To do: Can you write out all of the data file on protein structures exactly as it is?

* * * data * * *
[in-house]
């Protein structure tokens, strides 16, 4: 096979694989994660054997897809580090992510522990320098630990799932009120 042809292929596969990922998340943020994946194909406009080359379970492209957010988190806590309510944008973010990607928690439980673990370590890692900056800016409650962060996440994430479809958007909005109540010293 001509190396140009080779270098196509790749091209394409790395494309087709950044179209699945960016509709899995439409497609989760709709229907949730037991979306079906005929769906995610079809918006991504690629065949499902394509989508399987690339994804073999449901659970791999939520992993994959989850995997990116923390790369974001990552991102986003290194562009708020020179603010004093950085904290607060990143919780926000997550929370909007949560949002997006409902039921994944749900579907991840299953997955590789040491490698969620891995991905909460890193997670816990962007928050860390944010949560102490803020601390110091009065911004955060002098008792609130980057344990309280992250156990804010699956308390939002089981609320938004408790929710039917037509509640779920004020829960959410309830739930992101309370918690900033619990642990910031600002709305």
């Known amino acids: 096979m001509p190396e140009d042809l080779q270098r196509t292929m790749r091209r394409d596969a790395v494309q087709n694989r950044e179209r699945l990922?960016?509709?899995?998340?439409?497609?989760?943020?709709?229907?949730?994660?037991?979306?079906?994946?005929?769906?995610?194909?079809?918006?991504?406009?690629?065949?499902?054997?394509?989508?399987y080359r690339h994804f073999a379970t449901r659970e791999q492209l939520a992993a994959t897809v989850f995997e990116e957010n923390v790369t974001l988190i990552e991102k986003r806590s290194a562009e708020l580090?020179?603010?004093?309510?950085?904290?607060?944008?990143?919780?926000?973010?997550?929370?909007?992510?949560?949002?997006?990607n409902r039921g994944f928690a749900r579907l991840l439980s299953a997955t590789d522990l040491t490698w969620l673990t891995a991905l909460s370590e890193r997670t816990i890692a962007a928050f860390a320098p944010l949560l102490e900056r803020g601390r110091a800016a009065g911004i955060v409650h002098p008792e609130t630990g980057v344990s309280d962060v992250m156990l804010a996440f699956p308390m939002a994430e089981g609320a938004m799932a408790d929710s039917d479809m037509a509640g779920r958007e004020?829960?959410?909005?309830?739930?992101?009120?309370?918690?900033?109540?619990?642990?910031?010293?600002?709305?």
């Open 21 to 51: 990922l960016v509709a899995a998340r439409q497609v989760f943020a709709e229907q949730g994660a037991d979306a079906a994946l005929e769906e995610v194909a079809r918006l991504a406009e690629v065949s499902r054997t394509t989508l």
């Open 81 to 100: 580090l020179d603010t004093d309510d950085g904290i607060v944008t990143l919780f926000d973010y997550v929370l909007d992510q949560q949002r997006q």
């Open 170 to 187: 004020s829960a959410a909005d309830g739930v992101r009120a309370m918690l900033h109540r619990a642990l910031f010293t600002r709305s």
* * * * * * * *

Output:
[in-house]
């Protein structure tokens, strides 16, 4: 096979694989994660054997897809580090992510522990320098630990799932009120 042809292929596969990922998340943020994946194909406009080359379970492209957010988190806590309510944008973010990607928690439980673990370590890692900056800016409650962060996440994430479809958007909005109540010293 001509190396140009080779270098196509790749091209394409790395494309087709950044179209699945960016509709899995439409497609989760709709229907949730037991979306079906005929769906995610079809918006991504690629065949499902394509989508399987690339994804073999449901659970791999939520992993994959989850995997990116923390790369974001990552991102986003290194562009708020020179603010004093950085904290607060990143919780926000997550929370909007949560949002997006409902039921994944749900579907991840299953997955590789040491490698969620891995991905909460890193997670816990962007928050860390944010949560102490803020601390110091009065911004955060002098008792609130980057344990309280992250156990804010699956308390939002089981609320938004408790929710039917037509509640779920004020829960959410309830739930992101309370918690900033619990642990910031600002709305």
């Known amino acids: 096979m001509p190396e140009d042809l080779q270098r196509t292929m790749r091209r394409d596969a790395v494309q087709n694989r950044e179209r699945l990922?960016?509709?899995?998340?439409?497609?989760?943020?709709?229907?949730?994660?037991?979306?079906?994946?005929?769906?995610?194909?079809?918006?991504?406009?690629?065949?499902?054997?394509?989508?399987y080359r690339h994804f073999a379970t449901r659970e791999q492209l939520a992993a994959t897809v989850f995997e990116e957010n923390v790369t974001l988190i990552e991102k986003r806590s290194a562009e708020l580090?020179?603010?004093?309510?950085?904290?607060?944008?990143?919780?926000?973010?997550?929370?909007?992510?949560?949002?997006?990607n409902r039921g994944f928690a749900r579907l991840l439980s299953a997955t590789d522990l040491t490698w969620l673990t891995a991905l909460s370590e890193r997670t816990i890692a962007a928050f860390a320098p944010l949560l102490e900056r803020g601390r110091a800016a009065g911004i955060v409650h002098p008792e609130t630990g980057v344990s309280d962060v992250m156990l804010a996440f699956p308390m939002a994430e089981g609320a938004m799932a408790d929710s039917d479809m037509a509640g779920r958007e004020?829960?959410?909005?309830?739930?992101?009120?309370?918690?900033?109540?619990?642990?910031?010293?600002?709305?």
């Open 21 to 51: 990922l960016v509709a899995a998340r439409q497609v989760f943020a709709e229907q949730g994660a037991d979306a079906a994946l005929e769906e995610v194909a079809r918006l991504a406009e690629v065949s499902r054997t394509t989508l």
């Open 81 to 100: 580090l020179d603010t004093d309510d950085g904290i607060v944008t990143l919780f926000d973010y997550v929370l909007d992510q949560q949002r997006q």
């Open 170 to 187: 004020s829960a959410a909005d309830g739930v992101r009120a309370m918690l900033h109540r619990a642990l910031f010293t600002r709305s």